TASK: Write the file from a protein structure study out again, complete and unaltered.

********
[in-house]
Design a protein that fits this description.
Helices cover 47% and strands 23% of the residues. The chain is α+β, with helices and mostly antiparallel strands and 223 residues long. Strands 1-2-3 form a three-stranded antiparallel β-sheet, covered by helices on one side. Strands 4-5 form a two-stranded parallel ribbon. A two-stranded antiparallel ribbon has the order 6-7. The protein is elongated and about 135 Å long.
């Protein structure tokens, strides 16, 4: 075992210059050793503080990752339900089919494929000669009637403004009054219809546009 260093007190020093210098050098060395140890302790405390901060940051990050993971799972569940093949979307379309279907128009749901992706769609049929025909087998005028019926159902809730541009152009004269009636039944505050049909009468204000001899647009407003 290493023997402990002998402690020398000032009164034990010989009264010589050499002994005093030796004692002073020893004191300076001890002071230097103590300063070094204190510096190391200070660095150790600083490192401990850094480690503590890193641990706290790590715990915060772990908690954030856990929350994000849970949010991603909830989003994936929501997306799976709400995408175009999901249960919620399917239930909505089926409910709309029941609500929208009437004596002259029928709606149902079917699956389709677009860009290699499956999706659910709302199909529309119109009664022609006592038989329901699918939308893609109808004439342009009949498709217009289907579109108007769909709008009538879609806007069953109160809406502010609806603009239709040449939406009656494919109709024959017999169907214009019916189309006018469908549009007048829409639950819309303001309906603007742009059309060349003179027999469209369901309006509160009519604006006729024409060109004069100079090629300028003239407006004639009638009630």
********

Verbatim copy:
[in-house]
Design a protein that fits this description.
Helices cover 47% and strands 23% of the residues. The chain is α+β, with helices and mostly antiparallel strands and 223 residues long. Strands 1-2-3 form a three-stranded antiparallel β-sheet, covered by helices on one side. Strands 4-5 form a two-stranded parallel ribbon. A two-stranded antiparallel ribbon has the order 6-7. The protein is elongated and about 135 Å long.
């Protein structure tokens, strides 16, 4: 075992210059050793503080990752339900089919494929000669009637403004009054219809546009 260093007190020093210098050098060395140890302790405390901060940051990050993971799972569940093949979307379309279907128009749901992706769609049929025909087998005028019926159902809730541009152009004269009636039944505050049909009468204000001899647009407003 290493023997402990002998402690020398000032009164034990010989009264010589050499002994005093030796004692002073020893004191300076001890002071230097103590300063070094204190510096190391200070660095150790600083490192401990850094480690503590890193641990706290790590715990915060772990908690954030856990929350994000849970949010991603909830989003994936929501997306799976709400995408175009999901249960919620399917239930909505089926409910709309029941609500929208009437004596002259029928709606149902079917699956389709677009860009290699499956999706659910709302199909529309119109009664022609006592038989329901699918939308893609109808004439342009009949498709217009289907579109108007769909709008009538879609806007069953109160809406502010609806603009239709040449939406009656494919109709024959017999169907214009019916189309006018469908549009007048829409639950819309303001309906603007742009059309060349003179027999469209369901309006509160009519604006006729024409060109004069100079090629300028003239407006004639009638009630």